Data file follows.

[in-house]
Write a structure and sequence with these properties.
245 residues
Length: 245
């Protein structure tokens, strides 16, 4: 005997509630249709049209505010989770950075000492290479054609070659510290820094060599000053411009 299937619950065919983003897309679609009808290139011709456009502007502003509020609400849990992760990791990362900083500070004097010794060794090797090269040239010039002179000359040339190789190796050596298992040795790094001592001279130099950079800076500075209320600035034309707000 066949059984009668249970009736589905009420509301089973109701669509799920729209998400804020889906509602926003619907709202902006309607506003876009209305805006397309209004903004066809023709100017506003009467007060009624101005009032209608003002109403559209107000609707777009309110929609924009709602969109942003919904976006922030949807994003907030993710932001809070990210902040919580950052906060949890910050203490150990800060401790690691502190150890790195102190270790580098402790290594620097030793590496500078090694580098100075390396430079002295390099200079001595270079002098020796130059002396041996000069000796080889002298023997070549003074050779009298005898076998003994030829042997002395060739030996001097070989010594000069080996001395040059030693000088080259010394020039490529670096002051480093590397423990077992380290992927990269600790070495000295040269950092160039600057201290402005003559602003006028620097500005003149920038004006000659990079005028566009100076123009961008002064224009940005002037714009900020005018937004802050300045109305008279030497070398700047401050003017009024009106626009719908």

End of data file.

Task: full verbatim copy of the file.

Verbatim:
[in-house]
Write a structure and sequence with these properties.
245 residues
Length: 245
């Protein structure tokens, strides 16, 4: 005997509630249709049209505010989770950075000492290479054609070659510290820094060599000053411009 299937619950065919983003897309679609009808290139011709456009502007502003509020609400849990992760990791990362900083500070004097010794060794090797090269040239010039002179000359040339190789190796050596298992040795790094001592001279130099950079800076500075209320600035034309707000 066949059984009668249970009736589905009420509301089973109701669509799920729209998400804020889906509602926003619907709202902006309607506003876009209305805006397309209004903004066809023709100017506003009467007060009624101005009032209608003002109403559209107000609707777009309110929609924009709602969109942003919904976006922030949807994003907030993710932001809070990210902040919580950052906060949890910050203490150990800060401790690691502190150890790195102190270790580098402790290594620097030793590496500078090694580098100075390396430079002295390099200079001595270079002098020796130059002396041996000069000796080889002298023997070549003074050779009298005898076998003994030829042997002395060739030996001097070989010594000069080996001395040059030693000088080259010394020039490529670096002051480093590397423990077992380290992927990269600790070495000295040269950092160039600057201290402005003559602003006028620097500005003149920038004006000659990079005028566009100076123009961008002064224009940005002037714009900020005018937004802050300045109305008279030497070398700047401050003017009024009106626009719908």